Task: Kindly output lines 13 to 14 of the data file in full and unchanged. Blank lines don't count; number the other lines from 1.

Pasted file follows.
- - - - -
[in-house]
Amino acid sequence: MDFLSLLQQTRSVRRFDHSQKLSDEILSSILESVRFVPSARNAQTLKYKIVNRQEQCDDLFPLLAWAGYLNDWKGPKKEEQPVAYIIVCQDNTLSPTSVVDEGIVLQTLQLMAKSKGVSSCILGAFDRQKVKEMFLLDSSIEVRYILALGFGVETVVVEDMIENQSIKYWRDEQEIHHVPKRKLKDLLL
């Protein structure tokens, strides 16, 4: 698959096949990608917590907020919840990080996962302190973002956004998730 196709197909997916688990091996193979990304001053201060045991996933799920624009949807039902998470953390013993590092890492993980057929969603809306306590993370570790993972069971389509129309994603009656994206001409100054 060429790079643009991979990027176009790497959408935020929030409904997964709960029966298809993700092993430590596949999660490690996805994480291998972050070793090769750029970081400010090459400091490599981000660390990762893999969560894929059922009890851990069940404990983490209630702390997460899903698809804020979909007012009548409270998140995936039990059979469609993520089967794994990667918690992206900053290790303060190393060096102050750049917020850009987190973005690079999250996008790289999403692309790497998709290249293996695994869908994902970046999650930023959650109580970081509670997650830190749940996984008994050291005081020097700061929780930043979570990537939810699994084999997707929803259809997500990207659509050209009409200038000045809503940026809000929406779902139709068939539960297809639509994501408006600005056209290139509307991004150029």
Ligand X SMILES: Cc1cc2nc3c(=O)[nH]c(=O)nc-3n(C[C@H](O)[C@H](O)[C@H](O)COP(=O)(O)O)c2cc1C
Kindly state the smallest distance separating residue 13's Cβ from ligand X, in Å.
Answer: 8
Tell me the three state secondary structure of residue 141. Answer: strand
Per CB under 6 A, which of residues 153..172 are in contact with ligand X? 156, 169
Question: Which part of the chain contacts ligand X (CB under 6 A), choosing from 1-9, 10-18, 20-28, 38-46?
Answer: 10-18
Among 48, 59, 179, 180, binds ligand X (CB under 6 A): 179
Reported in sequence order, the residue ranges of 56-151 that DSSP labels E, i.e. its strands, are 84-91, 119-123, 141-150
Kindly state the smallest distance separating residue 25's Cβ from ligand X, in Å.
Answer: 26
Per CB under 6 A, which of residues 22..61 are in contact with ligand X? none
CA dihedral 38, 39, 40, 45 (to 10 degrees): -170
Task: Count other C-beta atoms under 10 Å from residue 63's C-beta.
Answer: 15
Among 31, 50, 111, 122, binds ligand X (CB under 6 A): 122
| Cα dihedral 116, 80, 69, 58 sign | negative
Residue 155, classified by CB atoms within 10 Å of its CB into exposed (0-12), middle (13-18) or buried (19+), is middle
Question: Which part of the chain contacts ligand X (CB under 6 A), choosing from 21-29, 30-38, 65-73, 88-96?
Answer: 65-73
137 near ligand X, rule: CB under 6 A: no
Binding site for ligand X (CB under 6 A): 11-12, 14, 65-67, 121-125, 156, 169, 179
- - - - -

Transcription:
Kindly state the smallest distance separating residue 25's Cβ from ligand X, in Å.
Answer: 26